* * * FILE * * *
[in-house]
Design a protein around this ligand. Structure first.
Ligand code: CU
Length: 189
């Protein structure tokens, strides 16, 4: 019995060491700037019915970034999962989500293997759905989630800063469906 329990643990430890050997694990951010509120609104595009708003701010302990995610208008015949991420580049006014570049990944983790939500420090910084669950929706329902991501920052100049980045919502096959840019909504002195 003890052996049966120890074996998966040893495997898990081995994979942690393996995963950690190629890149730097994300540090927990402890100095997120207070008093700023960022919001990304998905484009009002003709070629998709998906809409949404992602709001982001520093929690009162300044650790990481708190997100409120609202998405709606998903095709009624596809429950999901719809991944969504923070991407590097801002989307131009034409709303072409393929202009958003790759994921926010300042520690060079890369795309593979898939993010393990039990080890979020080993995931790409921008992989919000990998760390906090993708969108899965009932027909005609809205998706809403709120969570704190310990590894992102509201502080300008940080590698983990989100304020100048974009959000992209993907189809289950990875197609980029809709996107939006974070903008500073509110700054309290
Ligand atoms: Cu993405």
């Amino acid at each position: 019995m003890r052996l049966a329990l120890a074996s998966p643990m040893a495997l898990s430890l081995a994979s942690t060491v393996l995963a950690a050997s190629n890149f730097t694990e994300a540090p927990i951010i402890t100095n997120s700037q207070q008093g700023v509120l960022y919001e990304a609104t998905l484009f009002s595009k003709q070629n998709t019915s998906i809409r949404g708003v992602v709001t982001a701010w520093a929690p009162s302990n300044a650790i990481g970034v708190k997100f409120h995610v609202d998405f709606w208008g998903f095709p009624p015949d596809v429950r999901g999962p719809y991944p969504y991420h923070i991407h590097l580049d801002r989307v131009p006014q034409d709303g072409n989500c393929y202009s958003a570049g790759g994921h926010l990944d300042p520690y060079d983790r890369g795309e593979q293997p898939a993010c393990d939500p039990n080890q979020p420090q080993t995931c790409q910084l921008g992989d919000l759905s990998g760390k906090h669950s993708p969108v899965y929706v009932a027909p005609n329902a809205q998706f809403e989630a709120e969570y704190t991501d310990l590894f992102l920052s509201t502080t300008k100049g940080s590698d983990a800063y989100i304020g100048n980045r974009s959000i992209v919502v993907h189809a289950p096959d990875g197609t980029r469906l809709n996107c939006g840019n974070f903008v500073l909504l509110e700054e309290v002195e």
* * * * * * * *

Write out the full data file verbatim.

[in-house]
Design a protein around this ligand. Structure first.
Ligand code: CU
Length: 189
């Protein structure tokens, strides 16, 4: 019995060491700037019915970034999962989500293997759905989630800063469906 329990643990430890050997694990951010509120609104595009708003701010302990995610208008015949991420580049006014570049990944983790939500420090910084669950929706329902991501920052100049980045919502096959840019909504002195 003890052996049966120890074996998966040893495997898990081995994979942690393996995963950690190629890149730097994300540090927990402890100095997120207070008093700023960022919001990304998905484009009002003709070629998709998906809409949404992602709001982001520093929690009162300044650790990481708190997100409120609202998405709606998903095709009624596809429950999901719809991944969504923070991407590097801002989307131009034409709303072409393929202009958003790759994921926010300042520690060079890369795309593979898939993010393990039990080890979020080993995931790409921008992989919000990998760390906090993708969108899965009932027909005609809205998706809403709120969570704190310990590894992102509201502080300008940080590698983990989100304020100048974009959000992209993907189809289950990875197609980029809709996107939006974070903008500073509110700054309290
Ligand atoms: Cu993405």
């Amino acid at each position: 019995m003890r052996l049966a329990l120890a074996s998966p643990m040893a495997l898990s430890l081995a994979s942690t060491v393996l995963a950690a050997s190629n890149f730097t694990e994300a540090p927990i951010i402890t100095n997120s700037q207070q008093g700023v509120l960022y919001e990304a609104t998905l484009f009002s595009k003709q070629n998709t019915s998906i809409r949404g708003v992602v709001t982001a701010w520093a929690p009162s302990n300044a650790i990481g970034v708190k997100f409120h995610v609202d998405f709606w208008g998903f095709p009624p015949d596809v429950r999901g999962p719809y991944p969504y991420h923070i991407h590097l580049d801002r989307v131009p006014q034409d709303g072409n989500c393929y202009s958003a570049g790759g994921h926010l990944d300042p520690y060079d983790r890369g795309e593979q293997p898939a993010c393990d939500p039990n080890q979020p420090q080993t995931c790409q910084l921008g992989d919000l759905s990998g760390k906090h669950s993708p969108v899965y929706v009932a027909p005609n329902a809205q998706f809403e989630a709120e969570y704190t991501d310990l590894f992102l920052s509201t502080t300008k100049g940080s590698d983990a800063y989100i304020g100048n980045r974009s959000i992209v919502v993907h189809a289950p096959d990875g197609t980029r469906l809709n996107c939006g840019n974070f903008v500073l909504l509110e700054e309290v002195e």